< or =18 years: 178-495 mg/dL

>18 years: 100-280 mg/dL





<12 months: No established reference values

> or =1 year: 7-55 U/L



<12 months: No established reference values

> or =1 year: 7-45 U/L




<24 months: No established reference values

2-17 years

Low: <115 mg/dL

Borderline low: 115-120 mg/dL

Acceptable: >120 mg/dL

> or =18 years: > or =120 mg/dL



<24 months: No established reference values

2-17 years

Low: <115 mg/dL

Borderline low: 115-120 mg/dL

Acceptable: >120 mg/dL

> or =18 years: > or =140 mg/dL




0-11 months: <178 U/L

12 months-6 years: <21 U/L

7-12 years: <24 U/L

13-17 years: <43 U/L

> or =18 years: 8-61 U/L



0-11 months: <178 U/L

12 months-6 years: <21 U/L

7-12 years: <24 U/L

13-17 years: <26 U/L

> or =18 years: 5-36 U/L



30-200 mg/dL



0-6 days: Refer to www.bilitool.org for information on age-specific (postnatal hour of life) serum bilirubin values.

7-14 days: <15.0 mg/dL

15 days to 17 years: < or =1.0 mg/dL

> or =18 years: < or =1.2 mg/dL

Interpretation Provides information to assist in interpretation of the test results

FibroTest-ActiTest provides a score that assesses hepatic fibrosis (F0-F4) and a score that assesses hepatic inflammatory activity (A0-A3). Interpretation of the score is provided in the report. Individual results from the 6 component tests are also provided with institution-specific reference intervals.


Fibrosis is reported relative to a scale ranging from F0-F4 (F0=no fibrosis, F1=minimal fibrosis, F2=moderate fibrosis, F3=advanced fibrosis, F4=severe fibrosis). Fibrosis scores may overlap (eg, F0/F1, F1/F2).


Activity is reported relative to a scale ranging from A0-A3 (A0=no activity, A1=minimal activity, A2=significant activity, A3=severe activity). Activity scores may overlap (eg, A0/A1, A1/A2).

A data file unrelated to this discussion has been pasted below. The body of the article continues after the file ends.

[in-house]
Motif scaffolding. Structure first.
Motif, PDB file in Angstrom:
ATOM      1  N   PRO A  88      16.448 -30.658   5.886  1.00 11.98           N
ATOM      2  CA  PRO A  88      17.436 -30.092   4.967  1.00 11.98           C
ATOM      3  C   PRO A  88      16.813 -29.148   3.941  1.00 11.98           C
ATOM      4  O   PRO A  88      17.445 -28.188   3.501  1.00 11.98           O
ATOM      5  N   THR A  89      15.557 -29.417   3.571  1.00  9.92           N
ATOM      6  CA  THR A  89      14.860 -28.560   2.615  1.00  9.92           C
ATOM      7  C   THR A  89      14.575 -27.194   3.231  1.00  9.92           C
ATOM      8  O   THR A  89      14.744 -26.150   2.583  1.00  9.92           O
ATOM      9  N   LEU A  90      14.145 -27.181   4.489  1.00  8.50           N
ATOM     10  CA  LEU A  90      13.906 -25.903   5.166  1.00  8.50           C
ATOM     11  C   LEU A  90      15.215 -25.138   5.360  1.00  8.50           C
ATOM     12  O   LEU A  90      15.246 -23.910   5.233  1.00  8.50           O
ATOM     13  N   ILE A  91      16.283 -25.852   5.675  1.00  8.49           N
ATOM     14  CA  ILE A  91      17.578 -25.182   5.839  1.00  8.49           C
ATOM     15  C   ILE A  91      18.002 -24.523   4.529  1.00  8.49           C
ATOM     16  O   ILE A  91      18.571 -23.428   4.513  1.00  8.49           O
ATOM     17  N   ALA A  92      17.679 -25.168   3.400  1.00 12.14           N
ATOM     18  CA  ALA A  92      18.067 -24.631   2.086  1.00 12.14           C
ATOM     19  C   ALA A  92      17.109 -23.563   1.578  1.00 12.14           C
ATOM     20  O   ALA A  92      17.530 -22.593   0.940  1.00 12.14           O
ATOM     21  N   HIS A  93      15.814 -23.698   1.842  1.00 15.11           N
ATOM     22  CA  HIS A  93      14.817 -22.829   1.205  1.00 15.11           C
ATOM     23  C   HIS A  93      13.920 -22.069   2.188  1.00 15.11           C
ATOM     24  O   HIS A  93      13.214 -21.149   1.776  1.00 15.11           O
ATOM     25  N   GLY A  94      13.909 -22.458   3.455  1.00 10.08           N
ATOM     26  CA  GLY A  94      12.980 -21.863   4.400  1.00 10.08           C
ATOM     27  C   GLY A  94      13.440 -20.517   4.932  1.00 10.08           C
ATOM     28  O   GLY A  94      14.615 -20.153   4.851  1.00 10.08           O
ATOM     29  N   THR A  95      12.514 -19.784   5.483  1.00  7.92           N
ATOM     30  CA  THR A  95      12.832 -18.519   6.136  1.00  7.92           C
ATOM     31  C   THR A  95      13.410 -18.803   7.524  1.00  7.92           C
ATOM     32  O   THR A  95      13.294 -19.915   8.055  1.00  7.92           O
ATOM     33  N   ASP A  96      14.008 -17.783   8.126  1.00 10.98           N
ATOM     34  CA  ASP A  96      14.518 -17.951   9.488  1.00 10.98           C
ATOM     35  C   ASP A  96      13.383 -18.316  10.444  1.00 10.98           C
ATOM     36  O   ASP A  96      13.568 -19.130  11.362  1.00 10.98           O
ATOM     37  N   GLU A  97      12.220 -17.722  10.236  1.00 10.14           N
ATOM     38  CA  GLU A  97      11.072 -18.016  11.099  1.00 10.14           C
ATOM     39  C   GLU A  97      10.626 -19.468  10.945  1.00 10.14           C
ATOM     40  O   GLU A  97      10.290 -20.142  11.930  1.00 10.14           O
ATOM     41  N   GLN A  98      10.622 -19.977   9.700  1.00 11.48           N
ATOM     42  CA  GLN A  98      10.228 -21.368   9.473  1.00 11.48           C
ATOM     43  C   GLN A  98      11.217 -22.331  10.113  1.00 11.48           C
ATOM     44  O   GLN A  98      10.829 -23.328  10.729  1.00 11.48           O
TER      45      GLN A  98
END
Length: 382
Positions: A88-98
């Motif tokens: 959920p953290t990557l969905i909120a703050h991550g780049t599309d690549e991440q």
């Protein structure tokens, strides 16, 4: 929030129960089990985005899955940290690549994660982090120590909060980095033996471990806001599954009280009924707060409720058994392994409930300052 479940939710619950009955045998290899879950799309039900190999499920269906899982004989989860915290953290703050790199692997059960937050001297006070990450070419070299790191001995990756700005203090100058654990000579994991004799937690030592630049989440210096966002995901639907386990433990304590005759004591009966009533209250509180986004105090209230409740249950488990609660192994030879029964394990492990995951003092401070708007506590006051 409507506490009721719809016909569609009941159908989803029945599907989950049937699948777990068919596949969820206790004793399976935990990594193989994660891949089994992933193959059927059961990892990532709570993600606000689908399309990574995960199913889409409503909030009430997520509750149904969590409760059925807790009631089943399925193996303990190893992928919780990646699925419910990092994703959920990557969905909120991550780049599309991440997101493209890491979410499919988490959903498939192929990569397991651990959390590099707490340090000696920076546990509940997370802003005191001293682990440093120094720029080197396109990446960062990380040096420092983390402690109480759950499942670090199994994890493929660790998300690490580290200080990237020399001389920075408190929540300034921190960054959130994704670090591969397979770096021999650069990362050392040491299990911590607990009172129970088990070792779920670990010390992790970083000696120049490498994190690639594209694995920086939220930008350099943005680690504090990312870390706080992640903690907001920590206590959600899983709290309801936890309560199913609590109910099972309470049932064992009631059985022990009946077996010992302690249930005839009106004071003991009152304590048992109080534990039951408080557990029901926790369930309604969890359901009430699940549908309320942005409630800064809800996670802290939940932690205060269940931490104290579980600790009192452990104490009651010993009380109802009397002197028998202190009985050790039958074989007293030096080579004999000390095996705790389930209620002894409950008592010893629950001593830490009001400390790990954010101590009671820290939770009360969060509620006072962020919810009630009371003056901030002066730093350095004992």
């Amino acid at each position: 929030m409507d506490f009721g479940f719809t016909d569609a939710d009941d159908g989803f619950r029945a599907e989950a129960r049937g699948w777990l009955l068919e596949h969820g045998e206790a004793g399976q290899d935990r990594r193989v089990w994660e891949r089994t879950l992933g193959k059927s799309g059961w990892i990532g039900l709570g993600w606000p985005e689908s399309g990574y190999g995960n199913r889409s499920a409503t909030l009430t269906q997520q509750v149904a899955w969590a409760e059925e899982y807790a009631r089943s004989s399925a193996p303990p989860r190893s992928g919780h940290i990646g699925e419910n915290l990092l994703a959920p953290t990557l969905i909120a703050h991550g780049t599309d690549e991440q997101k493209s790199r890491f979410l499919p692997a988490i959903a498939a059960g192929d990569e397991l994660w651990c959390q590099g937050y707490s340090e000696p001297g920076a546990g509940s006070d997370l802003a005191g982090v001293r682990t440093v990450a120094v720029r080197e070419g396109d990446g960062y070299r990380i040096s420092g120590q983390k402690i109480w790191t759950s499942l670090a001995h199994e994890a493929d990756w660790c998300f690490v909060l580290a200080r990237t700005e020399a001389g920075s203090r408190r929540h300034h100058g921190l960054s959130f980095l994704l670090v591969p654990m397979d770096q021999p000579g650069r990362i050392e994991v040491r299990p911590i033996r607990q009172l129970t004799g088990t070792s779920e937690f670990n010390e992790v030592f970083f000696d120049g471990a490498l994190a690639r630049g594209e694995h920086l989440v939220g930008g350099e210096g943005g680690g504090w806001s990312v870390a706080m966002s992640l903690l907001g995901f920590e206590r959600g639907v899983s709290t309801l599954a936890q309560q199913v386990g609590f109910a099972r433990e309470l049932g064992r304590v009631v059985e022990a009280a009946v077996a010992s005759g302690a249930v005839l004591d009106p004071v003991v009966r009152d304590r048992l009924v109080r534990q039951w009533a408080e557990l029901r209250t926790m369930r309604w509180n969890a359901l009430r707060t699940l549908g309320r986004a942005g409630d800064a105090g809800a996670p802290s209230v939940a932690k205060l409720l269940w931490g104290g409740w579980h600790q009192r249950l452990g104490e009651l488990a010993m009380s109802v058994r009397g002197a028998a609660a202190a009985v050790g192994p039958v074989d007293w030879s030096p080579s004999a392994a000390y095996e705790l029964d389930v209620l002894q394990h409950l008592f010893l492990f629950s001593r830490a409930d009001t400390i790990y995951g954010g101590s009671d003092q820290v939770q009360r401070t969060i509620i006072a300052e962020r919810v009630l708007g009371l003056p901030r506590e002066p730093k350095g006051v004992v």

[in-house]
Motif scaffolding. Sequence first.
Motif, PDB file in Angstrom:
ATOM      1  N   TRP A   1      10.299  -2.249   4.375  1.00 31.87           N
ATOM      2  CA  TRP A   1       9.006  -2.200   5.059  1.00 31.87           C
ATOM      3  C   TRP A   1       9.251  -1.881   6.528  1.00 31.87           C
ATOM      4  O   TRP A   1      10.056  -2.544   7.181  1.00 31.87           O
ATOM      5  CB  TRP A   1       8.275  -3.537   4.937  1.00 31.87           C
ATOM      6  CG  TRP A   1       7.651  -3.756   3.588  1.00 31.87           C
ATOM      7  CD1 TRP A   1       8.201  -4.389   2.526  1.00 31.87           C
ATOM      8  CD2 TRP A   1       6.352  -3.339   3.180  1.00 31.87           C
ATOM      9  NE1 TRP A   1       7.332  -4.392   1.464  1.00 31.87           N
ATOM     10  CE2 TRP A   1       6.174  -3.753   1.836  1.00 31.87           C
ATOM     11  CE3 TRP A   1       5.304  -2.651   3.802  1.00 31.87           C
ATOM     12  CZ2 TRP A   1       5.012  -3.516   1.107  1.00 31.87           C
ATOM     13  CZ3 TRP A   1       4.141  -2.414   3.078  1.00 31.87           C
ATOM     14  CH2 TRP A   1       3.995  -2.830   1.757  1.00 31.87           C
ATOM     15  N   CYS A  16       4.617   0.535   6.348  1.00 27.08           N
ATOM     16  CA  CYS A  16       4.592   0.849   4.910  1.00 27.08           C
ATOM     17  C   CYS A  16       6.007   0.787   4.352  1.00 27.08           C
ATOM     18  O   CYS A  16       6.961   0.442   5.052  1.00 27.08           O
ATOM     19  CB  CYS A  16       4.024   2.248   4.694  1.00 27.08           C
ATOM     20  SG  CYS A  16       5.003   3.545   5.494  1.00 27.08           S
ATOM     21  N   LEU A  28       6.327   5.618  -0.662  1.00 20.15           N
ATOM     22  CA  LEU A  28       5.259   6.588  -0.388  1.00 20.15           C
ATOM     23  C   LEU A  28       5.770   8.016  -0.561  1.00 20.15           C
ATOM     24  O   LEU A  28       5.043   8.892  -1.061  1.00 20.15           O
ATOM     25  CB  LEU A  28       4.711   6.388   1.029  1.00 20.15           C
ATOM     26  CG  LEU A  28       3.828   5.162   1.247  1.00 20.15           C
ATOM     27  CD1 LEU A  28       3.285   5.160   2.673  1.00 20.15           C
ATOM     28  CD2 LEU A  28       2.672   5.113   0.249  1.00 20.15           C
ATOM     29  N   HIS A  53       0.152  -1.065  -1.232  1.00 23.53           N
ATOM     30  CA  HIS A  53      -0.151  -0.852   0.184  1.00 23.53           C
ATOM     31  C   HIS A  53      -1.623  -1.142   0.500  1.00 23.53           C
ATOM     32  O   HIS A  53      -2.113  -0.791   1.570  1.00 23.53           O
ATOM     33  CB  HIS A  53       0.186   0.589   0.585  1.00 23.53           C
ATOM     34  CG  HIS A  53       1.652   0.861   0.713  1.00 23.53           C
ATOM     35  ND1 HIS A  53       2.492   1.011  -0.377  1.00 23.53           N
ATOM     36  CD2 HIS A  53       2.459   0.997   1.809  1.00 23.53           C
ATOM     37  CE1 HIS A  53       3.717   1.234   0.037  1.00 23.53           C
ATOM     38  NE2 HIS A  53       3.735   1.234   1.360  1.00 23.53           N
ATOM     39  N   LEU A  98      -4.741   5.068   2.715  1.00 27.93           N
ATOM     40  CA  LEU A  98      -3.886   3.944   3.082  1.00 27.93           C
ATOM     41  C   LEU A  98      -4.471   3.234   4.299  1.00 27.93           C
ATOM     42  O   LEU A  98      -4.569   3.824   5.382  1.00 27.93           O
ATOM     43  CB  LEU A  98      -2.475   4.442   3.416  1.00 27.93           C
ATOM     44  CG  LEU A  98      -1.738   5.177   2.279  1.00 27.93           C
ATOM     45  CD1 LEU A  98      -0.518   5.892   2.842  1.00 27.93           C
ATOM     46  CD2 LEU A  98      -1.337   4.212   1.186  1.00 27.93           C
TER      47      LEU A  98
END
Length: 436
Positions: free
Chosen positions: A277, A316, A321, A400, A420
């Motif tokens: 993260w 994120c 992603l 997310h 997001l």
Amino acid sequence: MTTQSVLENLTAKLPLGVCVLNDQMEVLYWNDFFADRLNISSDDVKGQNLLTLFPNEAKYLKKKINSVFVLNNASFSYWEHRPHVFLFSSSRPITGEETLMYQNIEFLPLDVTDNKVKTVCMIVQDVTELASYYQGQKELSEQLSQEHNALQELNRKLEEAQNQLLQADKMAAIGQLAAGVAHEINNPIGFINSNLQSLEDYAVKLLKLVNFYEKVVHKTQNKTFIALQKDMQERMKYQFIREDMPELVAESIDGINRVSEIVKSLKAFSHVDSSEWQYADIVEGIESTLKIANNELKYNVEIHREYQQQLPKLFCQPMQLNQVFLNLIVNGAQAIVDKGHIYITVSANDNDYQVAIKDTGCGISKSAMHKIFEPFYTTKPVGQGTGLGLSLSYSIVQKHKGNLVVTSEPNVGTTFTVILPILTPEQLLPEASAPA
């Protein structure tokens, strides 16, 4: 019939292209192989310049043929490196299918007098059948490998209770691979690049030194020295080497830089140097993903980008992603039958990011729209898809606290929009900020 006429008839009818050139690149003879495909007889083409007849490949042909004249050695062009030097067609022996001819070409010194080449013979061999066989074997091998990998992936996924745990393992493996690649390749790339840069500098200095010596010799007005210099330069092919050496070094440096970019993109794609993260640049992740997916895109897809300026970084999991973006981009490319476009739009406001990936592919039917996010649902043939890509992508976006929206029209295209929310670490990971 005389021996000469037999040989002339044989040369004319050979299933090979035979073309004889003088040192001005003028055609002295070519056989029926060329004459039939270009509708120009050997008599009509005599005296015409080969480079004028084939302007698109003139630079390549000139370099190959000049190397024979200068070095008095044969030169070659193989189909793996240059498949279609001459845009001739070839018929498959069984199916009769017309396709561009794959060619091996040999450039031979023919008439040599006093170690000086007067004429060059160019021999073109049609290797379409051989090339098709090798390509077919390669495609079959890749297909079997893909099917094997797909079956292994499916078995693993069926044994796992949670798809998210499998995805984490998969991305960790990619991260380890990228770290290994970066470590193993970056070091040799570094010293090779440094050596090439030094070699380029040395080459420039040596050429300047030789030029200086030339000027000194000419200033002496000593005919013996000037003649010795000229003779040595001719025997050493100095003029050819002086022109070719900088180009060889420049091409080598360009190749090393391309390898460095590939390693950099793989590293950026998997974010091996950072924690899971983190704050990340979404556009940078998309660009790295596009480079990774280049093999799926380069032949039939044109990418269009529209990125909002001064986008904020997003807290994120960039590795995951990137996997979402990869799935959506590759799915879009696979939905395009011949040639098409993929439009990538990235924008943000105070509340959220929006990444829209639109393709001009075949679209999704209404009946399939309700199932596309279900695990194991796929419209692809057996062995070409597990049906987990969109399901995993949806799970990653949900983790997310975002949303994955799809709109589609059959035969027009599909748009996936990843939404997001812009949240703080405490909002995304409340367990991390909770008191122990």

Cautions Discusses conditions that may cause diagnostic confusion, including improper specimen collection and handling, inappropriate test selection, and interfering substances

Defer the test in transient situations that could modify the components of FibroTest-ActiTest, such as:

-Acute hemolysis, which could decrease haptoglobin and increase unconjugated bilirubin

-Acute hepatitis, whether drug-induced, viral (superinfection by hepatitis A virus: HAV, hepatitis B virus: HBV, Epstein-Barr virus: EBV), or autoimmune. Massive hepatic necrosis leads to a large increase of transaminases and total bilirubin.

-Acute inflammation, as with concomitant bacterial or acute viral infection: bronchopulmonary or urinary tract infection. The large increase of haptoglobin can lead to false-negative results.

-Extrahepatic cholestasis, such as gallstones


The advice of a liver disease specialist should be sought for interpretation in chronic states in which the components of the test could be modified, such as chronic hemolysis, particularly in patients with a cardiac valvular prosthesis; Gilbert disease; protease inhibitors used in HIV treatment, which can increase unconjugated bilirubin (Indinavir, Atazanavir); or gamma glutamyltransferase (GGT) and alanine aminotransferase (Ritonavir).